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New van service in Auburn helps seniors and the disabled get where they need to go
Whenever Wolf Kotenberg needs the Hyde Shuttle van, as he did last Tuesday morning, it is there waiting for him in front of MultiCare Auburn Medical Center.
And when driver Mike Saftich spots Kotenberg there in his wheelchair, he hustles out of the van and wheels him onto the lift. Once he's got him inside, and secure, it's a quick ride to Kotenberg's home near Dick Scobee Elementary School.
By now, Kotenberg, in treatment at MAMC to save his left leg from diabetes-related complications, says the free service, "is my lifeline."
Senior Services, a nonprofit agency serving older adults and their loved ones in Washington State, introduced the service in Auburn on Nov. 4 to help seniors 55 years of age and older and disabled folks of all ages get where they need to go.
"We have a number of people that we see every week, every day, depending on their schedule," said Saftich, a Maple Valley native. "We bring people from home to the senior center, we take them grocery shopping, to their hair appointments, to their medical appointments ..."
"There aren't many limits, as long as it's a pick up within the city limits and a drop off within the city limits," Saftich added.
There are no applications to fill out and no in-person eligibility screening requiring prospective riders to demonstrate their disabilities. All riders have to do is register by phone at (206) 727-6262.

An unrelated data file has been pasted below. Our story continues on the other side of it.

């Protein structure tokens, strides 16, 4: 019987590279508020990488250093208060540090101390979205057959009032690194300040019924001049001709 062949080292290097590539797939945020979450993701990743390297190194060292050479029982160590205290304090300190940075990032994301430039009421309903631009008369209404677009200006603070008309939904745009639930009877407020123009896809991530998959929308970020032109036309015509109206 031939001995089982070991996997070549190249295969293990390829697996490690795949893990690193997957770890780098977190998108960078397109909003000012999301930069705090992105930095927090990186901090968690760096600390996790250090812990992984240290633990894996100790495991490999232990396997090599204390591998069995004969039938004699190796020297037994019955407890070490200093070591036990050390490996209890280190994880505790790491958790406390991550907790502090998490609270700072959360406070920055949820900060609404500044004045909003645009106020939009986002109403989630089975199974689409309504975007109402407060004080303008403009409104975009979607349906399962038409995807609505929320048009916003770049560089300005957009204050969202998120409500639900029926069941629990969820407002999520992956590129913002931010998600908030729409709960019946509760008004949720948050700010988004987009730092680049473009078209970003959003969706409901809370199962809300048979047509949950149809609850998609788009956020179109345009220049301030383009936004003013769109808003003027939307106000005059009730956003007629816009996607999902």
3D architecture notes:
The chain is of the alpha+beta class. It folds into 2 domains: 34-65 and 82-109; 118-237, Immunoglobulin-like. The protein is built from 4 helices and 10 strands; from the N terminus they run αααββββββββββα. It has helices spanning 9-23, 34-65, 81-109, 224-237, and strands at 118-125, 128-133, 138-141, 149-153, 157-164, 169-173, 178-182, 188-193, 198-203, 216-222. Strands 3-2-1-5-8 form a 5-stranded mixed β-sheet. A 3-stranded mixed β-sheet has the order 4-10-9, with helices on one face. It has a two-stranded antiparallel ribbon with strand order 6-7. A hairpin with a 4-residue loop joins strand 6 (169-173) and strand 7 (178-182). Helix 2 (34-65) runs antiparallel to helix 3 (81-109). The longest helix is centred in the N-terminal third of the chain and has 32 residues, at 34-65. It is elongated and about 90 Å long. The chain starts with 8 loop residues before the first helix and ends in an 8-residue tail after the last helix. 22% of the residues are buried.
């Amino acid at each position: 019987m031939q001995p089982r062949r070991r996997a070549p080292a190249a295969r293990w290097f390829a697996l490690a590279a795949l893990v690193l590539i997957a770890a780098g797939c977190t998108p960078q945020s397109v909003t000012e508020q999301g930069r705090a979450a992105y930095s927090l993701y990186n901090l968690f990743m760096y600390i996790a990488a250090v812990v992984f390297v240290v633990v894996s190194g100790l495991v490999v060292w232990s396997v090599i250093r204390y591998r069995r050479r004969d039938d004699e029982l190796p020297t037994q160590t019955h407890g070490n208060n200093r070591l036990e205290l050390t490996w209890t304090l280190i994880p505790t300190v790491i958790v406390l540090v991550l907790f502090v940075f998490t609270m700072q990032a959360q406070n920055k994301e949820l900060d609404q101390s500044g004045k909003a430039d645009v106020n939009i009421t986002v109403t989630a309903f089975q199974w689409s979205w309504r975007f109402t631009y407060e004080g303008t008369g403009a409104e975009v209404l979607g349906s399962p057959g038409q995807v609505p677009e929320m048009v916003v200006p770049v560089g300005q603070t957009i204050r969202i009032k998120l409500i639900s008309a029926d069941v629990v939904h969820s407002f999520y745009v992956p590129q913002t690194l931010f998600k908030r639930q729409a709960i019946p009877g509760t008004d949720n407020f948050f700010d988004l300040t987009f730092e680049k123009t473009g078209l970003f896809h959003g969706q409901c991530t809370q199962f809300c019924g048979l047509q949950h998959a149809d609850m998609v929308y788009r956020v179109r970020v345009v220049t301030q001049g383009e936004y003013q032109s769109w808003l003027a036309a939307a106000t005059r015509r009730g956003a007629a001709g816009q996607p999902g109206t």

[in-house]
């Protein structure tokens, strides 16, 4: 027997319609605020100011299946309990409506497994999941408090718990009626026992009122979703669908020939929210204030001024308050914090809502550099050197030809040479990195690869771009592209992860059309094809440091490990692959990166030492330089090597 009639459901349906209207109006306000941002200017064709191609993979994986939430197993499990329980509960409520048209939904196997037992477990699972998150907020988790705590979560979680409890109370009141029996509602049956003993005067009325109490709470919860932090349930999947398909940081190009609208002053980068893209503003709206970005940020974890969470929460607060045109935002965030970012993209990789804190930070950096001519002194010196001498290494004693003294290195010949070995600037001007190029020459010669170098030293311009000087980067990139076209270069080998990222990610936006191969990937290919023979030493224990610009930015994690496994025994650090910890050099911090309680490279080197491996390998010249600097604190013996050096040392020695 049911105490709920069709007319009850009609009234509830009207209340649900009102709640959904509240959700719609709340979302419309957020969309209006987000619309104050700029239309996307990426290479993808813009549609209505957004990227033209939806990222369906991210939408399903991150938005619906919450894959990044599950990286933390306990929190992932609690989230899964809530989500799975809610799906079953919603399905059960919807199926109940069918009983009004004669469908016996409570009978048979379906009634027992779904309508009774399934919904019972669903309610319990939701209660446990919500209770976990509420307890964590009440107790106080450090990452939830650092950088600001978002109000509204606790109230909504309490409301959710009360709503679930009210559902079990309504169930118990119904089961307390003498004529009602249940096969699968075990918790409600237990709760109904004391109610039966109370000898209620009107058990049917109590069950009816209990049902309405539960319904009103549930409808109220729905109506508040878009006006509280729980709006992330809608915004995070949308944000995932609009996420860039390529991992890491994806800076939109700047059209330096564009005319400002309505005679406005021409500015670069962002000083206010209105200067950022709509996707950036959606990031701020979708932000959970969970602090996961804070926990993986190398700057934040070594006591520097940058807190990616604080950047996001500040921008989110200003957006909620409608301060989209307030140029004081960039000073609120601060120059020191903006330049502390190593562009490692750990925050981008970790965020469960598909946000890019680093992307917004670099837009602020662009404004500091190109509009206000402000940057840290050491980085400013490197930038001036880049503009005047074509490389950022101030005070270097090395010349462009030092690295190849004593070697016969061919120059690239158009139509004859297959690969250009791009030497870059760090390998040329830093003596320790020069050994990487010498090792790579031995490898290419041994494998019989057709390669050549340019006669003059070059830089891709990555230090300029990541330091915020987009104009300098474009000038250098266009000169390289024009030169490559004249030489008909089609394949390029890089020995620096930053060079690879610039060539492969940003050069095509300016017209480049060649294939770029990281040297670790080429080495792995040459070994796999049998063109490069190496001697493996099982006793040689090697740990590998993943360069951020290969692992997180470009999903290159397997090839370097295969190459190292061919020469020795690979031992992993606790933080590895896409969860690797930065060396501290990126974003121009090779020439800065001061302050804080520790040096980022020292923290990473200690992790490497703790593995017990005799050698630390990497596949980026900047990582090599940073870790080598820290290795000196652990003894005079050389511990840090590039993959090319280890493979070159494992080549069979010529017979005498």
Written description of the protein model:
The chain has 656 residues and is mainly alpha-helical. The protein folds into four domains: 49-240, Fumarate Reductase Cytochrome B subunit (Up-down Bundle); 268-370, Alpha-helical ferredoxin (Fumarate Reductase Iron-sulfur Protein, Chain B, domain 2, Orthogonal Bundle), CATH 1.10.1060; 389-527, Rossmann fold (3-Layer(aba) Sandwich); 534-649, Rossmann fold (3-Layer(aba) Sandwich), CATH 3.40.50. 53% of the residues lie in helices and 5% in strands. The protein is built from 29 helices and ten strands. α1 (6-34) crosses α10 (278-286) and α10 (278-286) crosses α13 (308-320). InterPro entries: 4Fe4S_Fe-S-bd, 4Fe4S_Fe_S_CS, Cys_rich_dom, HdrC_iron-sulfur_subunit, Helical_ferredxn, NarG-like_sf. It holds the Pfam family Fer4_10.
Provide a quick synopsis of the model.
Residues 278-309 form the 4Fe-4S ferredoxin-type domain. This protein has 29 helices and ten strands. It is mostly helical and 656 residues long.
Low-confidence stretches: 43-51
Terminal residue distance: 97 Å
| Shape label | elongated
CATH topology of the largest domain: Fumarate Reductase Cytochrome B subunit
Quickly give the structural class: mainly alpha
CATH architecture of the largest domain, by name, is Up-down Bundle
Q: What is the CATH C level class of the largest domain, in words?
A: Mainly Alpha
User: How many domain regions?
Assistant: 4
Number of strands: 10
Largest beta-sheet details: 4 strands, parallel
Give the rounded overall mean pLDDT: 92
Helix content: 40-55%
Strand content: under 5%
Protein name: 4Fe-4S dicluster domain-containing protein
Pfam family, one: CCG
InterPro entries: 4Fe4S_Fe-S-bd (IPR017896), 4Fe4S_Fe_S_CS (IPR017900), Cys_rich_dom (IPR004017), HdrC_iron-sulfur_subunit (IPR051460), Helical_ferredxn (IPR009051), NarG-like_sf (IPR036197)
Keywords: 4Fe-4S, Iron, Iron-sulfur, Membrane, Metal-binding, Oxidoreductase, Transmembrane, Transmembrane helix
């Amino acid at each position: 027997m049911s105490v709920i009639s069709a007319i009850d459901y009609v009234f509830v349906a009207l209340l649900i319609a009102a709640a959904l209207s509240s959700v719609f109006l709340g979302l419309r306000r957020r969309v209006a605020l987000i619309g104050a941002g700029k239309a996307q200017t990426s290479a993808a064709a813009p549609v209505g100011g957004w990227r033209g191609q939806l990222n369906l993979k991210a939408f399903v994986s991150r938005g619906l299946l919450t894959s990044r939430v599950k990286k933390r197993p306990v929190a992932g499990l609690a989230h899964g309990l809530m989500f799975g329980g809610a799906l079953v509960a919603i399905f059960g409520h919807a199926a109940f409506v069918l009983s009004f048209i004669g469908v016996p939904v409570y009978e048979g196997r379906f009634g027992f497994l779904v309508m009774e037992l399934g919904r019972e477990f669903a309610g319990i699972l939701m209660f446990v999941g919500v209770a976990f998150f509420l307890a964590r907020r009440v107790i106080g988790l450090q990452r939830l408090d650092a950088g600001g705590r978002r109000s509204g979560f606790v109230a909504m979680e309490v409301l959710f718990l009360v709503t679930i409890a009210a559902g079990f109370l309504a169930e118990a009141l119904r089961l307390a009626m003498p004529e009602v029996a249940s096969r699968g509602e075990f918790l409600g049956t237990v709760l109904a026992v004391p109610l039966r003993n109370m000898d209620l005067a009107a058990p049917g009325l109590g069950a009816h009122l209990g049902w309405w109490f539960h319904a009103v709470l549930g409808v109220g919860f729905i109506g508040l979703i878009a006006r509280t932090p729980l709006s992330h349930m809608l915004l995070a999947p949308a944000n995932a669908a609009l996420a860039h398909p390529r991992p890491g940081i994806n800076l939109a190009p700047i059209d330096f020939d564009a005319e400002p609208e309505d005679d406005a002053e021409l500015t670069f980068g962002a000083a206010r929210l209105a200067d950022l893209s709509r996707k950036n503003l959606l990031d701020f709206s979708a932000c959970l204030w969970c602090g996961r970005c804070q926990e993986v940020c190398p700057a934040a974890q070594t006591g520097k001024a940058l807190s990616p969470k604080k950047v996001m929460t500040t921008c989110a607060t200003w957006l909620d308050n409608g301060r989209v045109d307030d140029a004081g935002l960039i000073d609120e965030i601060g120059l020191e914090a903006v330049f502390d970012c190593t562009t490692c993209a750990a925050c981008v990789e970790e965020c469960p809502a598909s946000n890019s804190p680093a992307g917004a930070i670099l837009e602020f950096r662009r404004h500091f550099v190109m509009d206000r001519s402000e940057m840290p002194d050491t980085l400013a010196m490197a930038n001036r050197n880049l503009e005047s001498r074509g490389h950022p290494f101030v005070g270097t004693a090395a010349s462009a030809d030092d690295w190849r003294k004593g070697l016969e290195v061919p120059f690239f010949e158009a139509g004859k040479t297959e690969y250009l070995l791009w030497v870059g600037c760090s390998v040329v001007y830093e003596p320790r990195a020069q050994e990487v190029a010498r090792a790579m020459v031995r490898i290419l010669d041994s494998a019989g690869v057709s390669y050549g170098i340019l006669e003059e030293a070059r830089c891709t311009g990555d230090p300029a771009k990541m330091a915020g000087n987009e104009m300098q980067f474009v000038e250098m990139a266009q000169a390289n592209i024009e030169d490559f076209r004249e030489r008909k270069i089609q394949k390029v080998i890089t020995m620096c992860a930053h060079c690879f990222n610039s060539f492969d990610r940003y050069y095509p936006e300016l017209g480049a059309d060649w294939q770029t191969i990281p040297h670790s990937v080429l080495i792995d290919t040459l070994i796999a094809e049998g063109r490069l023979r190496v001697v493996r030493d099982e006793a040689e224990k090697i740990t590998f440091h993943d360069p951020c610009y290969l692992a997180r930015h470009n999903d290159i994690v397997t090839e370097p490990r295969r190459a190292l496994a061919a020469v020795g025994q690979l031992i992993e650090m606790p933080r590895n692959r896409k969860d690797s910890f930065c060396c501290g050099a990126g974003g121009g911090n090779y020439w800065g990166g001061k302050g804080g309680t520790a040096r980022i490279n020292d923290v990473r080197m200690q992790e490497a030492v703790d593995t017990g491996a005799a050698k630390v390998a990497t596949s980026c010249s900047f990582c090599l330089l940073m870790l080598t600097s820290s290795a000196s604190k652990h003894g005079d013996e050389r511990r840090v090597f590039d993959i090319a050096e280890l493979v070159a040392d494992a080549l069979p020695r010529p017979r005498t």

Once they have registered, they may ask for service up to 30 days in advance along two routes in Auburn: one north of State Route 18; and one south of it, including Auburn city limits inside Pierce County.
The shuttles are lift-equipped for people like Kotenberg who struggle to use stairs or who depend on a mobility aid.
"Most of the people we see are at a point where they just can't drive anymore," Saftich said. "You can see they've got the spirit and the spunk, but they're just like, 'My eyes are worn out, I can't see anymore, or I don't feel comfortable anymore, so I've parked the car, or the kids have encouraged me to park the car,' and they found us to provide the transportation."
Kotenberg learned about the service from the Auburn Senior Activity Center.
"They knew all about it," Kotenberg said.
Although the shuttles are free, donations are welcomed.
In partnership with King County Metro, Senior Services operates the Hyde Shuttle vans from 8 a.m. to 4 p.m., Monday to Friday.
Senior Services' Transportation Program has 38 shuttles on the road serving cities like Burien, Des Moines, Normandy Park, Renton, Federal Way, SeaTac, Tukwila, Shoreline, Lake Forest Park, the Snoqualmie Valley and Seattle.
"Basically, we consider ourself as a personalized transportation alternative to public transportation," said Cindy Zwart, director of Senior Services Transportation Program in Seattle. "It's a community shuttle; all our vans stay within their neighborhoods to increase mobility within the neighborhood. It's not meant to replace King County Metro."
Saftich enjoys his job.
"The biggest thing is when you hear you little old ladies say, 'I can't drive anymore, and you get me to grocery shopping.' It makes me feel pretty good to know we're providing a service that helps people do the things that we all need in life," Saftich said.